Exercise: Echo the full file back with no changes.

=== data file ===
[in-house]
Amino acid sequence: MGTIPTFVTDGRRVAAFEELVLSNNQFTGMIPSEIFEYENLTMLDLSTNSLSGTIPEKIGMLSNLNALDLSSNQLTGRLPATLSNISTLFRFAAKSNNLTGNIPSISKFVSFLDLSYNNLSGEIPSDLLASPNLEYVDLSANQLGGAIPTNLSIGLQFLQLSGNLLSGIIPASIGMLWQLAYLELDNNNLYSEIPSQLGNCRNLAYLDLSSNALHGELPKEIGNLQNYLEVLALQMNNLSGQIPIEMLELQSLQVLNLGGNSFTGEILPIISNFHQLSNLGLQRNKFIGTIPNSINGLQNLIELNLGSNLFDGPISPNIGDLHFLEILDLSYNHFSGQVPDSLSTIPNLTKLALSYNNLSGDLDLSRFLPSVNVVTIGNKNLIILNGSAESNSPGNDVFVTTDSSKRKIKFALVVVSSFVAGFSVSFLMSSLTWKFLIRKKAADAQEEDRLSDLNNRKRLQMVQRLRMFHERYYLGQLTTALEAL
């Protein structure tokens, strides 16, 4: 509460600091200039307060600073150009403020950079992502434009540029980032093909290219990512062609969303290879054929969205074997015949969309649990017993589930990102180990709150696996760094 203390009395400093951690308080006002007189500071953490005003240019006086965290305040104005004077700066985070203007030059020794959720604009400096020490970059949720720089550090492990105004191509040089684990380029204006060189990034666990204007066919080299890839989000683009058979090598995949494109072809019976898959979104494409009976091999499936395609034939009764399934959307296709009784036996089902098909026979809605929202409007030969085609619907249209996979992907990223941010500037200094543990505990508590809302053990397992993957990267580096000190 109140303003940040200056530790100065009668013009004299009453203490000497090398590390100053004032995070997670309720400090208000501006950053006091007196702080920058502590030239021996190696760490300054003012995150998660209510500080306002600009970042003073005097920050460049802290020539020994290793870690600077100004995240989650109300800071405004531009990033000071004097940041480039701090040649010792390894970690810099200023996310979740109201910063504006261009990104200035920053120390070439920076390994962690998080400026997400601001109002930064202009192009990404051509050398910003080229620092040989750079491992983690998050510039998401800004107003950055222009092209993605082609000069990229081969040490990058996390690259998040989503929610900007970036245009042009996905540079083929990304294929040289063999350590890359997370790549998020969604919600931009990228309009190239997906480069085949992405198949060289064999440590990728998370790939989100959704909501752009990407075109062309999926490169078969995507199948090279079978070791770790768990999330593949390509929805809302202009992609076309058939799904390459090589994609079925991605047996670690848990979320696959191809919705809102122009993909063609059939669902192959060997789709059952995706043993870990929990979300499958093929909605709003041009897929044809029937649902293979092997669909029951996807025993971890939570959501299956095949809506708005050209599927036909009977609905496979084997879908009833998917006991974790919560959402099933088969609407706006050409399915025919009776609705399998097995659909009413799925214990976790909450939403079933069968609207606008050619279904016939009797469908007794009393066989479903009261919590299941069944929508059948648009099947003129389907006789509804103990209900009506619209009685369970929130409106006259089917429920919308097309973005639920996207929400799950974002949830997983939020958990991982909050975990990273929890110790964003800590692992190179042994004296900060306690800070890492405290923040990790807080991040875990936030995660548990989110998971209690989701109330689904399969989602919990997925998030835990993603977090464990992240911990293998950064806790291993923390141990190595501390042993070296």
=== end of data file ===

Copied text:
[in-house]
Amino acid sequence: MGTIPTFVTDGRRVAAFEELVLSNNQFTGMIPSEIFEYENLTMLDLSTNSLSGTIPEKIGMLSNLNALDLSSNQLTGRLPATLSNISTLFRFAAKSNNLTGNIPSISKFVSFLDLSYNNLSGEIPSDLLASPNLEYVDLSANQLGGAIPTNLSIGLQFLQLSGNLLSGIIPASIGMLWQLAYLELDNNNLYSEIPSQLGNCRNLAYLDLSSNALHGELPKEIGNLQNYLEVLALQMNNLSGQIPIEMLELQSLQVLNLGGNSFTGEILPIISNFHQLSNLGLQRNKFIGTIPNSINGLQNLIELNLGSNLFDGPISPNIGDLHFLEILDLSYNHFSGQVPDSLSTIPNLTKLALSYNNLSGDLDLSRFLPSVNVVTIGNKNLIILNGSAESNSPGNDVFVTTDSSKRKIKFALVVVSSFVAGFSVSFLMSSLTWKFLIRKKAADAQEEDRLSDLNNRKRLQMVQRLRMFHERYYLGQLTTALEAL
């Protein structure tokens, strides 16, 4: 509460600091200039307060600073150009403020950079992502434009540029980032093909290219990512062609969303290879054929969205074997015949969309649990017993589930990102180990709150696996760094 203390009395400093951690308080006002007189500071953490005003240019006086965290305040104005004077700066985070203007030059020794959720604009400096020490970059949720720089550090492990105004191509040089684990380029204006060189990034666990204007066919080299890839989000683009058979090598995949494109072809019976898959979104494409009976091999499936395609034939009764399934959307296709009784036996089902098909026979809605929202409007030969085609619907249209996979992907990223941010500037200094543990505990508590809302053990397992993957990267580096000190 109140303003940040200056530790100065009668013009004299009453203490000497090398590390100053004032995070997670309720400090208000501006950053006091007196702080920058502590030239021996190696760490300054003012995150998660209510500080306002600009970042003073005097920050460049802290020539020994290793870690600077100004995240989650109300800071405004531009990033000071004097940041480039701090040649010792390894970690810099200023996310979740109201910063504006261009990104200035920053120390070439920076390994962690998080400026997400601001109002930064202009192009990404051509050398910003080229620092040989750079491992983690998050510039998401800004107003950055222009092209993605082609000069990229081969040490990058996390690259998040989503929610900007970036245009042009996905540079083929990304294929040289063999350590890359997370790549998020969604919600931009990228309009190239997906480069085949992405198949060289064999440590990728998370790939989100959704909501752009990407075109062309999926490169078969995507199948090279079978070791770790768990999330593949390509929805809302202009992609076309058939799904390459090589994609079925991605047996670690848990979320696959191809919705809102122009993909063609059939669902192959060997789709059952995706043993870990929990979300499958093929909605709003041009897929044809029937649902293979092997669909029951996807025993971890939570959501299956095949809506708005050209599927036909009977609905496979084997879908009833998917006991974790919560959402099933088969609407706006050409399915025919009776609705399998097995659909009413799925214990976790909450939403079933069968609207606008050619279904016939009797469908007794009393066989479903009261919590299941069944929508059948648009099947003129389907006789509804103990209900009506619209009685369970929130409106006259089917429920919308097309973005639920996207929400799950974002949830997983939020958990991982909050975990990273929890110790964003800590692992190179042994004296900060306690800070890492405290923040990790807080991040875990936030995660548990989110998971209690989701109330689904399969989602919990997925998030835990993603977090464990992240911990293998950064806790291993923390141990190595501390042993070296």